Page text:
Have you wondered about this too?
People often ask me some variation of “My trainer says I should eat 6 small meals per day. What do you think of that?”
Unfortunately, like most nutrition questions that start with “my trainer says”, my thought is that they clearly get all of their nutrition information straight from 1992 fitness magazines and should stop talking. But I digress…
The claim usually goes that by eating frequently, you are feeding your metabolism. And “long gaps” between eating (aka eating normally) means that your metabolism becomes suppressed.
Every good lie has some truth to it… in this case, “some” feels like an exaggeration, but it is true that your metabolism responds to eating. But here’s what ACTUALLY happens…
Your body burns calories by digesting and assimilating food. If it’s 8am and you’re sitting on the couch with an empty stomach, your body is burning fewer calories at rest than if you had just finished breakfast.
Ultimately, though, this is meaningless. Here’s why:
1) Burning more calories because of eating doesn’t mean you’re burning any more calories per day from fat. For example: if you go from eating 3 meals per day that average 700 calories each to eating 6 meals per day that average 1,000 calories each, you will definitely be burning more calories from digesting per day. But you also nearly tripled your calorie intake, so who cares? Yeah, I know, you’re not going to be eating *bigger* meals. The point is that burning more calories per day doesn’t necessarily translate to weight loss.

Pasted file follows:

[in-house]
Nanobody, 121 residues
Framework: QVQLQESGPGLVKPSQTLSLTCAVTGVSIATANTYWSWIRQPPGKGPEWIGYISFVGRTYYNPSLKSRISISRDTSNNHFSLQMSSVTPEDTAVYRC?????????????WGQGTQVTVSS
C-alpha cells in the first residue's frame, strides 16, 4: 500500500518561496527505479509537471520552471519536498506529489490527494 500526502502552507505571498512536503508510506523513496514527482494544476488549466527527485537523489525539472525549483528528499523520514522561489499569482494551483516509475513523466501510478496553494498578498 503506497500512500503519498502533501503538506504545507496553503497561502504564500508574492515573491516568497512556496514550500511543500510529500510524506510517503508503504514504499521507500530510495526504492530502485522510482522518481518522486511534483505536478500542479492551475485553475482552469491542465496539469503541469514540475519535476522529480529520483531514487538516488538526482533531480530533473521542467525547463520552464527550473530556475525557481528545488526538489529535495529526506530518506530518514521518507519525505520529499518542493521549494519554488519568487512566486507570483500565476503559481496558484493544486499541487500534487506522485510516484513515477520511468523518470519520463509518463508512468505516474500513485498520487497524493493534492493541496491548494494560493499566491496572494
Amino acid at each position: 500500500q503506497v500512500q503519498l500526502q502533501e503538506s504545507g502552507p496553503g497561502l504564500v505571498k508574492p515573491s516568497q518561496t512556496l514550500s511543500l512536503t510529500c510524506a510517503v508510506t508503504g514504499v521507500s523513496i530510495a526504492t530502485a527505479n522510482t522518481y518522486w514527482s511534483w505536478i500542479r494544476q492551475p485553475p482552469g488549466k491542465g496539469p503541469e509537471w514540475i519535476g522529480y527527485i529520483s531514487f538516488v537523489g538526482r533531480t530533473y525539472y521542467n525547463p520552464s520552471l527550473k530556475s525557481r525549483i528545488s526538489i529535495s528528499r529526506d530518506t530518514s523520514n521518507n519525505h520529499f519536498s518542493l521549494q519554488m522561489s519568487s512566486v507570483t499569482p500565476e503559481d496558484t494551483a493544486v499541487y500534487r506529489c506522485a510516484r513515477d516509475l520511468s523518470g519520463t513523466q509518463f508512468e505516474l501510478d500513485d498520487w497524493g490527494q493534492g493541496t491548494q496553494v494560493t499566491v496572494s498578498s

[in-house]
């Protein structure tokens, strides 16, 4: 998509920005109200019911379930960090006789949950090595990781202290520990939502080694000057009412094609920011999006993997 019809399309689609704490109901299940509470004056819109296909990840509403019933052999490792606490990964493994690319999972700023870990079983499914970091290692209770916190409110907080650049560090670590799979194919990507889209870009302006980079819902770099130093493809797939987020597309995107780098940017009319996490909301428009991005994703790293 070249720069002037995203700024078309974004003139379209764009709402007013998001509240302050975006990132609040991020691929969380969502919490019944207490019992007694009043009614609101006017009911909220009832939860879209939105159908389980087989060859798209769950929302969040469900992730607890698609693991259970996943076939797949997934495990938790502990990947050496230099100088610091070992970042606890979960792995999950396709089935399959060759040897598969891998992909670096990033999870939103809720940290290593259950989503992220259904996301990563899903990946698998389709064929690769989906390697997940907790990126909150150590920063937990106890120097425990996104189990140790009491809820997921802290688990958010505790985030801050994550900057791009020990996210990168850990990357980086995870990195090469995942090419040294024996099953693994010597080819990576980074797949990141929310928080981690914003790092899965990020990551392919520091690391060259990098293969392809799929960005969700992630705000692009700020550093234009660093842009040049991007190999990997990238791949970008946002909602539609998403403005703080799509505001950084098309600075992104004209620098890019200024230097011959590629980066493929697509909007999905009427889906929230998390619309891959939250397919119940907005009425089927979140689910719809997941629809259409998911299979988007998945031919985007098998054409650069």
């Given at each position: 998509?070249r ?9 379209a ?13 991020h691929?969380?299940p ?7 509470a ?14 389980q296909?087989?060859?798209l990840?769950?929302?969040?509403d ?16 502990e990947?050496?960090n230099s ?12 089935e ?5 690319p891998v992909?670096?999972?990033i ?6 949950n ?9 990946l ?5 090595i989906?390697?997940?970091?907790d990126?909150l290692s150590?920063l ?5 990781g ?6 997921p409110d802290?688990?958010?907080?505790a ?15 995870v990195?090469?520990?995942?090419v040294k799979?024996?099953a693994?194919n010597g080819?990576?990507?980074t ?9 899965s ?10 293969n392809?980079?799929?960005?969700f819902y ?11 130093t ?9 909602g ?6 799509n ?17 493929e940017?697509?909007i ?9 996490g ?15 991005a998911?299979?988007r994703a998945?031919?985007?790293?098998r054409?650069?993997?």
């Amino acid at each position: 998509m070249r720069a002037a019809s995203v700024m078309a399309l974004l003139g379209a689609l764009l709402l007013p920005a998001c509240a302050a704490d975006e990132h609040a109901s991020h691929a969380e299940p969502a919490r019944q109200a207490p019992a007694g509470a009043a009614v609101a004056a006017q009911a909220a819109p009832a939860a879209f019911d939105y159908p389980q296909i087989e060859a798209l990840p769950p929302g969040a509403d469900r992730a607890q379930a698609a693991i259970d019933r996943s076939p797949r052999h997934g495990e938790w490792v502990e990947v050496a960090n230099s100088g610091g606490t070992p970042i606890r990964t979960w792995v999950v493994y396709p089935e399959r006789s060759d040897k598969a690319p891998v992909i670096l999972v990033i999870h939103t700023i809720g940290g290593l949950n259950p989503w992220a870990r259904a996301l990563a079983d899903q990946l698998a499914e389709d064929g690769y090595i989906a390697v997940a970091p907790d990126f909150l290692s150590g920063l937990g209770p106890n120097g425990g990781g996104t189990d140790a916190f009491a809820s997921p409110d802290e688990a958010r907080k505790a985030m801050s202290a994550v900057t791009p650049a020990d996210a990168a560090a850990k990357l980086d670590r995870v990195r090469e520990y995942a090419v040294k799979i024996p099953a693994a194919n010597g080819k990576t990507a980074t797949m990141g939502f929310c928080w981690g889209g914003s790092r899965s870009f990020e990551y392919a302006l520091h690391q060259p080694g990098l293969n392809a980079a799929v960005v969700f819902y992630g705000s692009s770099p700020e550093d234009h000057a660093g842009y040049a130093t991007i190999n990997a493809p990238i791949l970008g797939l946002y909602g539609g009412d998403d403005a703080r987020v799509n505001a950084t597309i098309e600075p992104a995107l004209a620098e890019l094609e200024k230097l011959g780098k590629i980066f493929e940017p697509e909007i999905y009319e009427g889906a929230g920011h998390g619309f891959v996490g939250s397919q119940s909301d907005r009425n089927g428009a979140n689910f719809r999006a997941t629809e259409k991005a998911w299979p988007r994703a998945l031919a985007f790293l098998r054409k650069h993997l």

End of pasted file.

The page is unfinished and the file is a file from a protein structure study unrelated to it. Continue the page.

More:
2) On the flip side, not burning calories from digestion doesn’t mean that your metabolism has “shut down”. You burn more calories standing than you do sitting, but every time you sit down, you probably don’t worry about your metabolism slowing down. It’s perfectly normal to burn more calories per hour at certain times of the day compared to other times of the day. Burning fewer calories at a given time because you’re not currently digesting food will have no significant impact on your weight management efforts.
3) It doesn’t matter how frequently you eat! You can influence how many calories per day you burn from digestion with your nutrition habits, but meal frequency isn’t a way to do that. For example, if you normally eat 2,000 calories per day and you continue to eat 2,000 calories per day but take in more fruits, veggies, and protein percentage wise, you will burn more calories from digesting those foods. But taking in those 2,000 calories from 3 meals or dividing them over 6 meals will have no impact. The “metabolism boost” from eating remains the same.
I could keep going, but hopefully, it’s clear now that there is no validity to the argument that more frequent meals will “speed up your metabolism”.
Actually, one of the most important things I look at when working with clients is making sure they’re eating enough at their meals so they don’t need to eat so frequently. Typically, this means 3-4 meals per day.